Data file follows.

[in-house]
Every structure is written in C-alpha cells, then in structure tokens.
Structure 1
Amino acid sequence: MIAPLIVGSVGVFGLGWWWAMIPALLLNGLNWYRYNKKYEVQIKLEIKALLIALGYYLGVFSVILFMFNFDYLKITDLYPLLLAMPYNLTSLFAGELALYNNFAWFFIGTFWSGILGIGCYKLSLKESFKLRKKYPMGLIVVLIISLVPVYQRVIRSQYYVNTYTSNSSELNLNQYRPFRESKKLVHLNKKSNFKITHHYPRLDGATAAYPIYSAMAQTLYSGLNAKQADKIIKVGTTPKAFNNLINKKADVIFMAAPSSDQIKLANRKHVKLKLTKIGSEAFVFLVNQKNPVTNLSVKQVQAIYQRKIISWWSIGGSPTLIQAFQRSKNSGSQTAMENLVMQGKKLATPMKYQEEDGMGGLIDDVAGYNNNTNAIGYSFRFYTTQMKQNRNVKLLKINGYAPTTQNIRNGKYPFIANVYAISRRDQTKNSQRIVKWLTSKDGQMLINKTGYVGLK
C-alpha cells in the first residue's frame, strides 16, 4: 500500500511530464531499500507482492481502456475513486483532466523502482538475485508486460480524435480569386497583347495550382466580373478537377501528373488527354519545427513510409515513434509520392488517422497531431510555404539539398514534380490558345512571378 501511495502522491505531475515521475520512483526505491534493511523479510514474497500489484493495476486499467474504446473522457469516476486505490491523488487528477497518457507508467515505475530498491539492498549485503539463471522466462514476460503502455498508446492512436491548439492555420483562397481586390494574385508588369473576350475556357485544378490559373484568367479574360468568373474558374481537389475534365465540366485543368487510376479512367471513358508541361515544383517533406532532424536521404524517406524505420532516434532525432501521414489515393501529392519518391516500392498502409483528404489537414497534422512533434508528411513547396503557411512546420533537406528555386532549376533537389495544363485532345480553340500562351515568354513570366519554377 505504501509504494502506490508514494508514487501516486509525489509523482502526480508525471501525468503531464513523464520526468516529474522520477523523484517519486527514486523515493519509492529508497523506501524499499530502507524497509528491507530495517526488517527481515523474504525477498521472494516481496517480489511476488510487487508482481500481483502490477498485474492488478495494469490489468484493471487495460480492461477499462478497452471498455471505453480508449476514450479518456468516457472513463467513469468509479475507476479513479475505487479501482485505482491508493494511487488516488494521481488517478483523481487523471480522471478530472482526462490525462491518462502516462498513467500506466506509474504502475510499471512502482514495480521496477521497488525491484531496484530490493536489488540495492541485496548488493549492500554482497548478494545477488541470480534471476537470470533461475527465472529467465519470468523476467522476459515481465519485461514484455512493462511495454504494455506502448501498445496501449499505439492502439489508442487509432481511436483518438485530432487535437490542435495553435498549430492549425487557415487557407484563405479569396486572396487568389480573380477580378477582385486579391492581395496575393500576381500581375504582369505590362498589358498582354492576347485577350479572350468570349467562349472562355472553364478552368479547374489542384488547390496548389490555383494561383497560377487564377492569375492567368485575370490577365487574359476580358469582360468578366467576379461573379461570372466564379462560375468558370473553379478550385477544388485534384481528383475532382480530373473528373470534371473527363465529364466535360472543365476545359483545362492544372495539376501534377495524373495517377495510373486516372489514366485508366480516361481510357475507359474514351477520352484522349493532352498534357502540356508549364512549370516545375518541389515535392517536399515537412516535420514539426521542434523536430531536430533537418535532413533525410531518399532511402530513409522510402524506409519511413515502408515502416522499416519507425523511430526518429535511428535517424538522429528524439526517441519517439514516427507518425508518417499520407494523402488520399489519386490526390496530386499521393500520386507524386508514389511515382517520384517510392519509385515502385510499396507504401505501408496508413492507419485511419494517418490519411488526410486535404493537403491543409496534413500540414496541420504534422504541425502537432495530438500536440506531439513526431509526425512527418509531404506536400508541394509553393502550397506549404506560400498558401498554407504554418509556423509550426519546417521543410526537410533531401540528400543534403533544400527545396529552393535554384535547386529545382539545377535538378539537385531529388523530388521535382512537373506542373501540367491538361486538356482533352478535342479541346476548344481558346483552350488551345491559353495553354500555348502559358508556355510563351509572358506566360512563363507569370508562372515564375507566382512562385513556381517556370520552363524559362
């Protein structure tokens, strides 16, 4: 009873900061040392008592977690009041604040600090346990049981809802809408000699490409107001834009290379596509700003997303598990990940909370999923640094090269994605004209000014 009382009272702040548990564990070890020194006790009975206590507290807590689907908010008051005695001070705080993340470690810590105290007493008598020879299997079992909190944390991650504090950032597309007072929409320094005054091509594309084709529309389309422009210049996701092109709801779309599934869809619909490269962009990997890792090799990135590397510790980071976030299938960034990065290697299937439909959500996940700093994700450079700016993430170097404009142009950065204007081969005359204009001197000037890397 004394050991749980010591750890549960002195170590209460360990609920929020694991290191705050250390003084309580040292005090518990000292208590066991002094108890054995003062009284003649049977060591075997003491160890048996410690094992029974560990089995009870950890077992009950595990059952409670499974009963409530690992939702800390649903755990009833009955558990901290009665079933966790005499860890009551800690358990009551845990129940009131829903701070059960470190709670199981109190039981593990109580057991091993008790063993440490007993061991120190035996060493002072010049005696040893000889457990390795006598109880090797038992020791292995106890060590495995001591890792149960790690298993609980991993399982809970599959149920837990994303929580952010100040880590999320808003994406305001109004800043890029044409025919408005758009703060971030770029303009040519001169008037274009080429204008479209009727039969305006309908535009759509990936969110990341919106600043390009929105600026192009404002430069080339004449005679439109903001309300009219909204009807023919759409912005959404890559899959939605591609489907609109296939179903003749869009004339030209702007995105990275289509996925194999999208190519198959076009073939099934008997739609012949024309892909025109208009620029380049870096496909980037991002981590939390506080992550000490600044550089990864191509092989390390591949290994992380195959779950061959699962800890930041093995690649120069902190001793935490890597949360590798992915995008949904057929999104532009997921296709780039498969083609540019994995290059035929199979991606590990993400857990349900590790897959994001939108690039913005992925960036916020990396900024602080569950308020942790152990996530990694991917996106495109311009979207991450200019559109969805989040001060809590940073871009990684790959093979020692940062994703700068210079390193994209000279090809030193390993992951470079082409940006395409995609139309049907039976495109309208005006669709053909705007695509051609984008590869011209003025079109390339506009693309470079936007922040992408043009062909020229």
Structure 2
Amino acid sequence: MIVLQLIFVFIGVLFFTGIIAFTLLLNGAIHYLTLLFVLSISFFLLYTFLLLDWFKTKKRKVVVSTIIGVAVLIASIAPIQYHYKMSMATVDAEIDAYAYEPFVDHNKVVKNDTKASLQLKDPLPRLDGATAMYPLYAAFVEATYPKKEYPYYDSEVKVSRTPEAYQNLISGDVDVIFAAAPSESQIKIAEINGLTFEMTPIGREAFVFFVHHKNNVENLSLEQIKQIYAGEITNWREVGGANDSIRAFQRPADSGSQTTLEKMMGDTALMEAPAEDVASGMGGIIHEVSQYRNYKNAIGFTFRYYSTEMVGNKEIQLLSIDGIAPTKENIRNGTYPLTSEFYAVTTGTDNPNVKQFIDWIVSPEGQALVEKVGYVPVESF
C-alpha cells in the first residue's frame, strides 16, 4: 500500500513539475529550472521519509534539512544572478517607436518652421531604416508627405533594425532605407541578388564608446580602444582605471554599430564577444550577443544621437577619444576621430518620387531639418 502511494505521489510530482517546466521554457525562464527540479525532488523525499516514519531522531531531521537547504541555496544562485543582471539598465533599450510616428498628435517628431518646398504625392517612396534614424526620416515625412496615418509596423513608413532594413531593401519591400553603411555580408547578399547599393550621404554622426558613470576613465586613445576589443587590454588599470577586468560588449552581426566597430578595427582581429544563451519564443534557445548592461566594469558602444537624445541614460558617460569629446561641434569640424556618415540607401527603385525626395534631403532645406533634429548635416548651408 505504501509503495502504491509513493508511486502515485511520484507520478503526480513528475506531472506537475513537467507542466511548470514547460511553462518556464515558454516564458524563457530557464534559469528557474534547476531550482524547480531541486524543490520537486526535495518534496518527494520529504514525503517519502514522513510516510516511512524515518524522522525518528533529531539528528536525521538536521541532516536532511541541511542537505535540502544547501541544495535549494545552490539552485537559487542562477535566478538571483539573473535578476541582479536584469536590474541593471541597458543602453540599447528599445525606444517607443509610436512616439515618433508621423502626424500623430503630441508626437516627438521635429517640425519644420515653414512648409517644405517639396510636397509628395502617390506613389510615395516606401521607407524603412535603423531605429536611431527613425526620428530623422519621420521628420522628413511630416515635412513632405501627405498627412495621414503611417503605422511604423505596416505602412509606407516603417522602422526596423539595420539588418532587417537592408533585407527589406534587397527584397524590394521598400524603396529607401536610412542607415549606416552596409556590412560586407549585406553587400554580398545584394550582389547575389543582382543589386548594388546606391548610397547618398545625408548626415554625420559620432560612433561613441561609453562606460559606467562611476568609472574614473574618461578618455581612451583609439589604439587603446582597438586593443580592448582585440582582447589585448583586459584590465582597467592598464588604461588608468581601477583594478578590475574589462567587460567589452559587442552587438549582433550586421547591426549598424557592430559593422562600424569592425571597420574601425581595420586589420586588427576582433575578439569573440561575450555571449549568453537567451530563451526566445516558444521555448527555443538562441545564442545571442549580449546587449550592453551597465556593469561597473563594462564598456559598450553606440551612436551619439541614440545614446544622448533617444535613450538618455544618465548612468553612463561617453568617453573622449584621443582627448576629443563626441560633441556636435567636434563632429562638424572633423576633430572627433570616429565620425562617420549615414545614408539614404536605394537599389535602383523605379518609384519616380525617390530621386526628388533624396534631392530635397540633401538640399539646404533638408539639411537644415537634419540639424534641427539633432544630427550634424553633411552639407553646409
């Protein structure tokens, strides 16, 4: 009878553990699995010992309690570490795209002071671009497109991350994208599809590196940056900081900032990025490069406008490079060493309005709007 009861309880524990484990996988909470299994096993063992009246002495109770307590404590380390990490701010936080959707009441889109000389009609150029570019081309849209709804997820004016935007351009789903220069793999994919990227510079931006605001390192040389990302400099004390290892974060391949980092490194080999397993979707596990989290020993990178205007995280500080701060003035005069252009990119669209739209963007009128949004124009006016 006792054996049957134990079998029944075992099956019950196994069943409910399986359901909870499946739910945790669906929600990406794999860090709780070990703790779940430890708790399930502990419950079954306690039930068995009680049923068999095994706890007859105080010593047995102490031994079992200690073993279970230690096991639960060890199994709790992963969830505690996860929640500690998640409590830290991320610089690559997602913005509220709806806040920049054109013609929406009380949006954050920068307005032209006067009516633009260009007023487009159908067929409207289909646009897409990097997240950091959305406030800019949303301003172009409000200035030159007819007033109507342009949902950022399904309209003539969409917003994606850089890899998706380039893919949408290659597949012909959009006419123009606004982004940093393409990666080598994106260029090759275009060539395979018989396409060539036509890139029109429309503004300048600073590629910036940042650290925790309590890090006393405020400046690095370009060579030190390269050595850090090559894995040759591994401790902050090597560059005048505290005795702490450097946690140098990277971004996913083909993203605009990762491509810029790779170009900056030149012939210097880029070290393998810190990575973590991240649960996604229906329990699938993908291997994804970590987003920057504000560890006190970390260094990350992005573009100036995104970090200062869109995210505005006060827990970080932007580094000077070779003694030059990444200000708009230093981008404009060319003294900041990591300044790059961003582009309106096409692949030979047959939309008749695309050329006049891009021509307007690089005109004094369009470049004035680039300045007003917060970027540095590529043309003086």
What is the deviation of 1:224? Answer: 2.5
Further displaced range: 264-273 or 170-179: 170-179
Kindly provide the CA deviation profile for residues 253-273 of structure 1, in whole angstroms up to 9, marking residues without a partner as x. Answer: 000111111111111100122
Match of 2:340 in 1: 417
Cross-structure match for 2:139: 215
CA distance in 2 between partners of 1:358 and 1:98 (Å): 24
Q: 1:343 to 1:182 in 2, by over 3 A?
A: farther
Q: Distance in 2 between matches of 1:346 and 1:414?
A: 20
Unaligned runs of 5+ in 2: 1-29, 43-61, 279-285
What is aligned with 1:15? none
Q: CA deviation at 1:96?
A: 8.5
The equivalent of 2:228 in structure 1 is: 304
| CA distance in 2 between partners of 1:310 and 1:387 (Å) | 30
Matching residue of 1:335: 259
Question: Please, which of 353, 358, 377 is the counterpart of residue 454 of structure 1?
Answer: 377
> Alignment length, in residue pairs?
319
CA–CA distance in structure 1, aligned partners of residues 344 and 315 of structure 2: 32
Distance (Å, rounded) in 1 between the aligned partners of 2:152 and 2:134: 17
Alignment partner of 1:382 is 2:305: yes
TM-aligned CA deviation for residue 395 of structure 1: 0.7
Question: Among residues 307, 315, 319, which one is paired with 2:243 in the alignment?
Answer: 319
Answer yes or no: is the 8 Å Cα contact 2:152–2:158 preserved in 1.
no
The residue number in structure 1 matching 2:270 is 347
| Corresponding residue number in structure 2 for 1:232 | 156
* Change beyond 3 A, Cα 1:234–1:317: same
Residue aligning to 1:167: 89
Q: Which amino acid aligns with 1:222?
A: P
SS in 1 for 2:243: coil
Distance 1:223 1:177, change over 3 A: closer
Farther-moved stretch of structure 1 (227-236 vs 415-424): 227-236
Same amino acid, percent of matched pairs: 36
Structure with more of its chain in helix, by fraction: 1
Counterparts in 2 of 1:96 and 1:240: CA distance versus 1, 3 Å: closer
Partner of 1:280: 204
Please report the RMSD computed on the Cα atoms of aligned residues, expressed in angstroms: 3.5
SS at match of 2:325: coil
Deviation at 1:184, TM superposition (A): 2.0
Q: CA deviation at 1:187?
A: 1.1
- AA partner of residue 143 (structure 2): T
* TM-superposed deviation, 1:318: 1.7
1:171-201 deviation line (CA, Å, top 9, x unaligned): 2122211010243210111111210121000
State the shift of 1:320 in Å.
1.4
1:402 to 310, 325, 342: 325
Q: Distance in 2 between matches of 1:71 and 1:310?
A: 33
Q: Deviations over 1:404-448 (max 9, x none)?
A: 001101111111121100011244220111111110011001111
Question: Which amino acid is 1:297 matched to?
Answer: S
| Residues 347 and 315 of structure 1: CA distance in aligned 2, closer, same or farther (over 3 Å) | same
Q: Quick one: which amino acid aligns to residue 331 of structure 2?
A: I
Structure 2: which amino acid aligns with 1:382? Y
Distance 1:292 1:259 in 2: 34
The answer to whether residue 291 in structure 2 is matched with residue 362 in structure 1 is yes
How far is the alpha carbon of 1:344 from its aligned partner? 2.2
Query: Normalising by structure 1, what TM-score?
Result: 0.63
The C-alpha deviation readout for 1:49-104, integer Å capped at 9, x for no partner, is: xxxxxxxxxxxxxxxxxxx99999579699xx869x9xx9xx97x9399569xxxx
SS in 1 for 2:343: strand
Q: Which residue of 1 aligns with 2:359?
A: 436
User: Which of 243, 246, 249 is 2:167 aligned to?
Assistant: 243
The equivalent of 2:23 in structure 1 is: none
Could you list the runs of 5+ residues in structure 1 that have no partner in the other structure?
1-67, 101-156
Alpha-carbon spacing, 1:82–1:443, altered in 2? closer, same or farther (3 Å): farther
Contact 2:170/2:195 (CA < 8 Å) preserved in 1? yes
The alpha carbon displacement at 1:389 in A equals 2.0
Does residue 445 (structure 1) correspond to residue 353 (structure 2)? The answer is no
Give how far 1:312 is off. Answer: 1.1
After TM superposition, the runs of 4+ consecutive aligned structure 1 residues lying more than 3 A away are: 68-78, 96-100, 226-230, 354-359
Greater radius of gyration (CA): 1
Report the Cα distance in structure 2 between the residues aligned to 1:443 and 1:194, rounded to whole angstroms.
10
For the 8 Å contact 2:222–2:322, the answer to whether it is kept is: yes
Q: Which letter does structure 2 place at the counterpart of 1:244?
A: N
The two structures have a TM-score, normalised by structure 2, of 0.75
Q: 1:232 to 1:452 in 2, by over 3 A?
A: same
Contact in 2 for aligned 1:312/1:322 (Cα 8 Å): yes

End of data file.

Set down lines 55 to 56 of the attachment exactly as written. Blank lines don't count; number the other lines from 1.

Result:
Deviation at 1:184, TM superposition (A): 2.0
Q: CA deviation at 1:187?